They weren't proud of themselves. They were proud of being French-Canadian Catholics.
A few weeks ago my wife and I drove from one end of Rhode Island to the other, from our hometown of Newport in the south to the city of Woonsocket in the north. This trip can be accomplished in little more than an hour while obeying speed limits.
We took the trip because we wanted to see a magnificent Catholic church, St. Anne’s — a church that is no longer a church because it has been de-sanctified or de-consecrated (or whatever the proper description is for an old church that has been religiously de-commissioned).
The church was built about 100 years ago, but it ceased to be a church about the year 2000 because the number of church-goers had declined (as Catholic church-goers in the once very Catholic state of Rhode Island have declined generally), and the cost of keeping the building had gone up. St. Anne parish was merged with another parish, and the building was slated for demolition. Fortunately, however, the building was saved as a museum and artistic center by a secular organization that has raised upkeep money and provides guided tours of the old church.
It’s a magnificent building, majestic-looking from the outside and marvelous on the inside for its stained-glass windows and, above all, its multitudinous frescos done in the 1940s by an artist from Florence, Italy.
It was a French-Canadian parish, built (as our guide accurately said) with the “nickels and dimes” of its parishioners. And who were these parishioners? They were immigrants, or the sons and daughters of immigrants, from Quebec. These were not rich people — just the opposite. Woonsocket is an old factory city that once abounded in mills directly involved in, or closely connected with, the textile industry that still flourished in New England a century ago. These immigrants were lowly paid mill workers. They lived in multi-family houses that contained anything from three to eight tenements; they could afford nothing better.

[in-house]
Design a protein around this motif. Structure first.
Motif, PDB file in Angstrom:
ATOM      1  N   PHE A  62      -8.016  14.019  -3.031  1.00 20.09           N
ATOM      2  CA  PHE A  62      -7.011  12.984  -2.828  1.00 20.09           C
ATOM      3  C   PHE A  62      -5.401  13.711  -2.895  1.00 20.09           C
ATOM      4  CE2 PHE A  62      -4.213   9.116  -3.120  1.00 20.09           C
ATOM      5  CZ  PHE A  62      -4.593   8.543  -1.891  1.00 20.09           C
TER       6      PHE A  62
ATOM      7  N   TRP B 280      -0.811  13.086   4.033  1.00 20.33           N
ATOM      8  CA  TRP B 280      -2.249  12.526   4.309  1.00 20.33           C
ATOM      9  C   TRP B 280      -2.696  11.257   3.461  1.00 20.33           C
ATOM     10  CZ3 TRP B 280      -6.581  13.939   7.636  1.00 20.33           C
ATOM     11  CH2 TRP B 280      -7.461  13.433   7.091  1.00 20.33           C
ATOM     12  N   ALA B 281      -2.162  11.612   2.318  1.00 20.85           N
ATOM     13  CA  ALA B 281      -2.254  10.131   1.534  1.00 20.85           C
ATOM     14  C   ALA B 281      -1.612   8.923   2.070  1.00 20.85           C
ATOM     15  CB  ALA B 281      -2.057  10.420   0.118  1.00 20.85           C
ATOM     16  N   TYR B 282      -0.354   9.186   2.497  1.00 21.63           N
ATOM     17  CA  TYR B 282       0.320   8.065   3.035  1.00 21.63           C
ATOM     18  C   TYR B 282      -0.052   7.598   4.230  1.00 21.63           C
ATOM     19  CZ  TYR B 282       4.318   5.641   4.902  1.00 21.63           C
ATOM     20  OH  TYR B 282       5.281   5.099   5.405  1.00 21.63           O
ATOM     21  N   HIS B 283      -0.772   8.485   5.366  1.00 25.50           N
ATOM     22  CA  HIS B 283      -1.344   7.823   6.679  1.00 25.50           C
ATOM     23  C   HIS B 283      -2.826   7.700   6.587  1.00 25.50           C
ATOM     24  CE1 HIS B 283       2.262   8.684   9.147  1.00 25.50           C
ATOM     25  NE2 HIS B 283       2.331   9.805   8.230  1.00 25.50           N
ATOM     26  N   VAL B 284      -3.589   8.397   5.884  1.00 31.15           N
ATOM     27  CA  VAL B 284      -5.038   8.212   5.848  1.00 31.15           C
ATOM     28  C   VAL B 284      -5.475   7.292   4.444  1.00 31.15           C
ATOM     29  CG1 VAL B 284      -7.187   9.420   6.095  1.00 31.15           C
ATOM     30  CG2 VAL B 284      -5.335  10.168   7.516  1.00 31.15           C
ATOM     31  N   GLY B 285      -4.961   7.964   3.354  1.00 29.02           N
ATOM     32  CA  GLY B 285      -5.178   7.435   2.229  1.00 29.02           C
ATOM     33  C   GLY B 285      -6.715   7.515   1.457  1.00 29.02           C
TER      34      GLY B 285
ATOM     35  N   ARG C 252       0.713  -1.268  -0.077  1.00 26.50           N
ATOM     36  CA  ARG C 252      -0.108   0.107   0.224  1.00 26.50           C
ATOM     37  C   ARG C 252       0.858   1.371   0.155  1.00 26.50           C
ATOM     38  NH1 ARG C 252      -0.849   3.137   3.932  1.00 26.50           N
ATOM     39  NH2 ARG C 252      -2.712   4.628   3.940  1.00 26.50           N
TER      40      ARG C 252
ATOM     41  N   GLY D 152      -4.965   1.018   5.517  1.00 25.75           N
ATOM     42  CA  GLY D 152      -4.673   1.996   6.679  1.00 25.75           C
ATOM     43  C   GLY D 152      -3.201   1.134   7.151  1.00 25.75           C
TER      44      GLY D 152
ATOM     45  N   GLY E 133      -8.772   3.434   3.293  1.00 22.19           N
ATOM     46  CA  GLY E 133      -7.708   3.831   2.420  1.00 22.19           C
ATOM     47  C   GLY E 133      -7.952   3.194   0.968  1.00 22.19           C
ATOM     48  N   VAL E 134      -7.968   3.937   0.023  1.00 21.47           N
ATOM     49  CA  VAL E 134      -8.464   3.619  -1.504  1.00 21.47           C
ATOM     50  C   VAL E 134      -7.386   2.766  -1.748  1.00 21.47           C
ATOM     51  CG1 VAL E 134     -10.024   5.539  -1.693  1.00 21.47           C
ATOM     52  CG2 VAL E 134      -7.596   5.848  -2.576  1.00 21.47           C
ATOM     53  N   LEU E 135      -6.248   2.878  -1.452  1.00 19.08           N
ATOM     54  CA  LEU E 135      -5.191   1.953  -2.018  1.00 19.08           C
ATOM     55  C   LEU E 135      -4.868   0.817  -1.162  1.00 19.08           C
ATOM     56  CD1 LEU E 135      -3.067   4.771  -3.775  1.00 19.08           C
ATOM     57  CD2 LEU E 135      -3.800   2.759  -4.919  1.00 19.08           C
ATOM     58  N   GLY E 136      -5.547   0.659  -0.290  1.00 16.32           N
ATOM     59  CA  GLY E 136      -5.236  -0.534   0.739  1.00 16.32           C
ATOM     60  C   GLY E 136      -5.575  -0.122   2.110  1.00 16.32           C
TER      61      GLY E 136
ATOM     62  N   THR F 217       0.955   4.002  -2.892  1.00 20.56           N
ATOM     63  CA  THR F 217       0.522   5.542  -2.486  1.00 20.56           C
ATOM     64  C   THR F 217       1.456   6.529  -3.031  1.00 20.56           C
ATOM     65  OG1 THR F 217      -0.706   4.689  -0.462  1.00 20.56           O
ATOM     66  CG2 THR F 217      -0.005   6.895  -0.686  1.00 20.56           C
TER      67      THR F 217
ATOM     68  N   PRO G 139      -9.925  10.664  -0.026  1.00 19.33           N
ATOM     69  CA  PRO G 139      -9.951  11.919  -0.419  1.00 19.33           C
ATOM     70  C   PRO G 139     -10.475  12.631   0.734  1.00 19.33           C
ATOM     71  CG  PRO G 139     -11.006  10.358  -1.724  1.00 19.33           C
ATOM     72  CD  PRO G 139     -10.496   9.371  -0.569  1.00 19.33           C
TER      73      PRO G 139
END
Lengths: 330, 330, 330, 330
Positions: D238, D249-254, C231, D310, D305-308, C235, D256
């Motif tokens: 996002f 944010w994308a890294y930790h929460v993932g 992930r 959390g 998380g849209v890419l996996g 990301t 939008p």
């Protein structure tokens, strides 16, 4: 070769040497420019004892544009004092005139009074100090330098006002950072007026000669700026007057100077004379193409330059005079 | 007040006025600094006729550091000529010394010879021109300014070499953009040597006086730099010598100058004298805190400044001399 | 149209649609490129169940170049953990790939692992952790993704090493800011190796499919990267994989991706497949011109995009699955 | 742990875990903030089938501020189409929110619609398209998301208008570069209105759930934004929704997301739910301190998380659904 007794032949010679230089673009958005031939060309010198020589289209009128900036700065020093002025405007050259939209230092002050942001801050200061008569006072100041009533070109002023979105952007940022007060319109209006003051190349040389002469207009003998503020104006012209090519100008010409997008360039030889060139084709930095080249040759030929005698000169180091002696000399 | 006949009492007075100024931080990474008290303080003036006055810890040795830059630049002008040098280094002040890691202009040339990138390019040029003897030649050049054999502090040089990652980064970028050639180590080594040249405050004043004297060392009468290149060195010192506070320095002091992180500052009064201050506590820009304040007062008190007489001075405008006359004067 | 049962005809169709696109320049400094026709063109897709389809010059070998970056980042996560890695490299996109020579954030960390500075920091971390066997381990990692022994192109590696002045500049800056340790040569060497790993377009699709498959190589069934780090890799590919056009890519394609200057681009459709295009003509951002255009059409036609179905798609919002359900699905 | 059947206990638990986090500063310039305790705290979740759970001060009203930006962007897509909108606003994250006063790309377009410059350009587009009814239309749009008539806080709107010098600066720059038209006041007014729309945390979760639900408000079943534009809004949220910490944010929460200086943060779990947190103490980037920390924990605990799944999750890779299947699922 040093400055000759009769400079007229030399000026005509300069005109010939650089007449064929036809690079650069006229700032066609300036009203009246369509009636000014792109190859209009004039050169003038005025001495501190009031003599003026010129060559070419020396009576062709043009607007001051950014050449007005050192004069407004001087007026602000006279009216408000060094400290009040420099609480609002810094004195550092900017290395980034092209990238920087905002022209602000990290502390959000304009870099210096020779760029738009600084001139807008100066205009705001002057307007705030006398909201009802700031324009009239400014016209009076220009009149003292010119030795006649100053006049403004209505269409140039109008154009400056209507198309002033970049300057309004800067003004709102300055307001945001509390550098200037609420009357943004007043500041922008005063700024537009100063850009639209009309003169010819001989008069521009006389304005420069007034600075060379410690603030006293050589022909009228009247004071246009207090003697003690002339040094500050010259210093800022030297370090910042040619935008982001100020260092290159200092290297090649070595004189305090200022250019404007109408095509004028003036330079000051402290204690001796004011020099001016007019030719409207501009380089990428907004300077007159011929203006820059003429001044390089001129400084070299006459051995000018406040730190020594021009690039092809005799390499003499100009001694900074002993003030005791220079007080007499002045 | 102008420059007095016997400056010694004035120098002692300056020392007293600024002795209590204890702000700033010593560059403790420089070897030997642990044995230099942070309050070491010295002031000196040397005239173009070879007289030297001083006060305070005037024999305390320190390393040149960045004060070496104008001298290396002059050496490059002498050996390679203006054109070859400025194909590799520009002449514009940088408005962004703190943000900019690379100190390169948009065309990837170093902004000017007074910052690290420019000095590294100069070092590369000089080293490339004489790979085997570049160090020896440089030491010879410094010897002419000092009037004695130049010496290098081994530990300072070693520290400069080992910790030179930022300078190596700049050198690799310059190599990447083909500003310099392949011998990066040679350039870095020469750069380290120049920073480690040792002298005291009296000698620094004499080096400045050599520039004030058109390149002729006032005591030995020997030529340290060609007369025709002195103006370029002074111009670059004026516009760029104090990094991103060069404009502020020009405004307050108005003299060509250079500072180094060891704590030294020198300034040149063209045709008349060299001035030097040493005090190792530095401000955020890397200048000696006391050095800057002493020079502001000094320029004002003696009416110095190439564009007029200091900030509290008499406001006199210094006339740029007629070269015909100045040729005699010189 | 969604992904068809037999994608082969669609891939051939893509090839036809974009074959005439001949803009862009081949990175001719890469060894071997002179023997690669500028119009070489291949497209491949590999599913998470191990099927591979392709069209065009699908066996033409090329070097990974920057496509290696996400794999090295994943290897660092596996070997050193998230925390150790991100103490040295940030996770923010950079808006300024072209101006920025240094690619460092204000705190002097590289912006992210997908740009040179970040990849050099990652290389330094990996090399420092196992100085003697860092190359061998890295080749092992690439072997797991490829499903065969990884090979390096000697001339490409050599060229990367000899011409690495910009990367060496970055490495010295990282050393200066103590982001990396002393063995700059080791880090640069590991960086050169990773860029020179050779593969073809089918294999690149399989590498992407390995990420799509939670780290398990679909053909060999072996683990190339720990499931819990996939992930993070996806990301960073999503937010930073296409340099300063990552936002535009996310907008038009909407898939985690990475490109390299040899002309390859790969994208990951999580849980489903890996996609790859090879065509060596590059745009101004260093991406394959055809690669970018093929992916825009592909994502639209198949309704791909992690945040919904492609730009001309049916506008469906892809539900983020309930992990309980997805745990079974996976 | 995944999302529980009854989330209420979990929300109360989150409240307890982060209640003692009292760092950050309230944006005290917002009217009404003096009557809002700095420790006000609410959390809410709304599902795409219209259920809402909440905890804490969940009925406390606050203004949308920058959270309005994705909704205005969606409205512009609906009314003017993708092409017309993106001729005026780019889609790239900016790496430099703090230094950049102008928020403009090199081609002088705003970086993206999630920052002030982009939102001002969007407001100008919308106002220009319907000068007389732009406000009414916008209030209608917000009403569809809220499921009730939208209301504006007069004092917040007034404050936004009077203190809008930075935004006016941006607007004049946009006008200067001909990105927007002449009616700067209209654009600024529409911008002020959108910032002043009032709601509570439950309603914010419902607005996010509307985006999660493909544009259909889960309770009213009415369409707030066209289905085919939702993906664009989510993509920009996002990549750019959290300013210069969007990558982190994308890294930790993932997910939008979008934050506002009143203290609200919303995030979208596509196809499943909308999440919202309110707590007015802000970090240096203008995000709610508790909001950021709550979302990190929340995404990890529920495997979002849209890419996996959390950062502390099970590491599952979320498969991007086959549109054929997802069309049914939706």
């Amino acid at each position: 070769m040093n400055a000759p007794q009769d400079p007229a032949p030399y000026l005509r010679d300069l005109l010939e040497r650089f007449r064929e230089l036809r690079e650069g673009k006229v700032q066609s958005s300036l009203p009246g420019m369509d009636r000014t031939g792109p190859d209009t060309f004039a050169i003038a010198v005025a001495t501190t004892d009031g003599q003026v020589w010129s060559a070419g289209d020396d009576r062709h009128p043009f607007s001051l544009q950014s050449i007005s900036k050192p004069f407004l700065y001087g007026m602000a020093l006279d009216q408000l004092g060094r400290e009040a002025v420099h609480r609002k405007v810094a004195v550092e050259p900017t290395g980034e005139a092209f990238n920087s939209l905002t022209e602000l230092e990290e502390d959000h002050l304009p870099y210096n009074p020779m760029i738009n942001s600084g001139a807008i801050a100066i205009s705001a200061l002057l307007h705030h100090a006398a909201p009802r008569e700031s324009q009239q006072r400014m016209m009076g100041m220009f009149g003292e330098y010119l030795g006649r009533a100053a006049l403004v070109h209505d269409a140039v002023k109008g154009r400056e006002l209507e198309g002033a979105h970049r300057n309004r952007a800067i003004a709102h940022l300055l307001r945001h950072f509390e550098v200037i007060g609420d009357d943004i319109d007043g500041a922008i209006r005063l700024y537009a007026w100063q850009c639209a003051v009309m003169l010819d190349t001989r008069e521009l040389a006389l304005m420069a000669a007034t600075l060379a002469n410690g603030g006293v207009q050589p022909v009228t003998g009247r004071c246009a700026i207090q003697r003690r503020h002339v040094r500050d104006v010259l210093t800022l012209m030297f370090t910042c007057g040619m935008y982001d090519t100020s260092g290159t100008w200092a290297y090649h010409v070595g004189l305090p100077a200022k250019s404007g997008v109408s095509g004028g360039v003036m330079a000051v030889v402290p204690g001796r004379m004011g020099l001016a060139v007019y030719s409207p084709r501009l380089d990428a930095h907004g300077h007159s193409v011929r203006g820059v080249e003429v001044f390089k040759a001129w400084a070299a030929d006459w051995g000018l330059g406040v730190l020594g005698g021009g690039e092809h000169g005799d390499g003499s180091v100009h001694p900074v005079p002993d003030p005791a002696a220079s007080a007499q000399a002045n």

Many of these tenement houses are still standing today in the neighborhood of the church — even though they are no longer often occupied by persons of French-Canadian stock, for the descendents of the old Quebec immigrants have made a few dollars in America and moved into better neighborhoods, often outside of Woonsocket.
I marveled at all this. These old mill workers lived on the edge of poverty in their private lives, indulging in few if any luxuries; but when it came to their church life, they would have nothing but the best. Their poor tenements might be shabby, but they would have nothing less than a magnificent church. Very probably they had little in the way of personal pride. After all, what could they boast of? They had little schooling, hardly any money, no fame, and only minimum comforts in life. But they had pride in their religious-ethnic community.
Everybody recognizes that it is psychologically important that a person have pride. And so we tell kids that they must be proud of themselves; we try to boost their self-esteem by telling them to be pleased with themselves as individuals. This, I suspect, is very wrong-headed. Look at those old French-Canadian mill workers. They weren’t proud of themselves as individuals. They were proud of being French-Canadian Catholics. And so they built St. Anne church as, among other things, a visible symbol of their pride.
Isn’t it better to be proud of our community, especially when it is a sacred community, than to be proud of ourselves? When the Catholic Church teaches, as it has always taught, that pride is a sin, isn’t it individual pride that is meant? The Church isn’t telling us it is sinful to be proud of our membership in either the worldwide Catholic community or the local parish community. But it is a sin to be proud of my petty individual self.